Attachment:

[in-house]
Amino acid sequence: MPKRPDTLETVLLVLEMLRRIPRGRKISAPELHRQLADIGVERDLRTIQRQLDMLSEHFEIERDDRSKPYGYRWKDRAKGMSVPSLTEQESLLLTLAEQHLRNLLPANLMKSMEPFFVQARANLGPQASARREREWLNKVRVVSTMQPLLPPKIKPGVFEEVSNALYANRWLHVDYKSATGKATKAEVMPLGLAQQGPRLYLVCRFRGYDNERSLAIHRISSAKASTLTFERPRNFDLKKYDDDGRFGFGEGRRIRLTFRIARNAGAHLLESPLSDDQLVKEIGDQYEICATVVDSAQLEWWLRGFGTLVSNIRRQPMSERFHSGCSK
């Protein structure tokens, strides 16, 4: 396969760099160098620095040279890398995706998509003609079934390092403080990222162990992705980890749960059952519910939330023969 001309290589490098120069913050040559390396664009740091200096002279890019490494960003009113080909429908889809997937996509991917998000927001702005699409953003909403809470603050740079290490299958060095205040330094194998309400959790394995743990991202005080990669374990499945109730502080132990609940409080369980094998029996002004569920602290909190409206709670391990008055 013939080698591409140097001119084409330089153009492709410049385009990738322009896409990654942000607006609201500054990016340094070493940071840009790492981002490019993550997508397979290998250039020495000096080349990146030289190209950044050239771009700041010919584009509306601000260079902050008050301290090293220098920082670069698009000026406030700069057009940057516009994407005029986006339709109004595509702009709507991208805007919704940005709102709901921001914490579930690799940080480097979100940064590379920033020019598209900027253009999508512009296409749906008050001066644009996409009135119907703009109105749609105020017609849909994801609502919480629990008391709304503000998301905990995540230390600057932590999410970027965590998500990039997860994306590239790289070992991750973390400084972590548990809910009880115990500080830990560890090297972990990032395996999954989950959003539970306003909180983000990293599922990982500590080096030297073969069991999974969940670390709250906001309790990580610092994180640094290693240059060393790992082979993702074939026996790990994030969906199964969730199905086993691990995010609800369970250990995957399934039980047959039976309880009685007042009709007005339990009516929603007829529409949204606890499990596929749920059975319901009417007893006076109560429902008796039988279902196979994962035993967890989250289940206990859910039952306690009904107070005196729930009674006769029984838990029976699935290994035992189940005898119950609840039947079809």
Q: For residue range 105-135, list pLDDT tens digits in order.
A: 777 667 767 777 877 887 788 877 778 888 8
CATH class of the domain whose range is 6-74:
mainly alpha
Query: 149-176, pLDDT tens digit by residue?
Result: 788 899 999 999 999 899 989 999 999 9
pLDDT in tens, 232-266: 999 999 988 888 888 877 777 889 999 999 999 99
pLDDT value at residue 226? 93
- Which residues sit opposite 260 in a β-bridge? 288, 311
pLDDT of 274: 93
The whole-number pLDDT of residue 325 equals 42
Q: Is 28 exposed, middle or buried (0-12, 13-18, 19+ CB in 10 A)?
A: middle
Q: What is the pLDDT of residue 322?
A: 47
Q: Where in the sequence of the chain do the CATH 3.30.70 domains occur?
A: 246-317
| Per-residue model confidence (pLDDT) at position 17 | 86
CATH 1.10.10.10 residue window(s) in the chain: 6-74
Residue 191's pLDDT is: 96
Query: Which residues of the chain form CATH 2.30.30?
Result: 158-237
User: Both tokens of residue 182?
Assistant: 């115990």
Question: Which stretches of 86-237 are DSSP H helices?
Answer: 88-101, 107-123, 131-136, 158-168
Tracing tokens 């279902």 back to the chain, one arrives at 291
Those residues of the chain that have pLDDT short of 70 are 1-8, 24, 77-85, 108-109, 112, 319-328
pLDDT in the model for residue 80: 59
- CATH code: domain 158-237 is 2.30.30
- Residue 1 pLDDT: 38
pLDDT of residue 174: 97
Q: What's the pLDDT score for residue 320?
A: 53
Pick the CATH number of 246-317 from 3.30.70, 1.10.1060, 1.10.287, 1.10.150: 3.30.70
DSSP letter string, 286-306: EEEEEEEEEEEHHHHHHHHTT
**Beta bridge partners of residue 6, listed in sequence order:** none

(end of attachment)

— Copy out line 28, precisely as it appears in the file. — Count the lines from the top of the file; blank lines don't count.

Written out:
Question: Which stretches of 86-237 are DSSP H helices?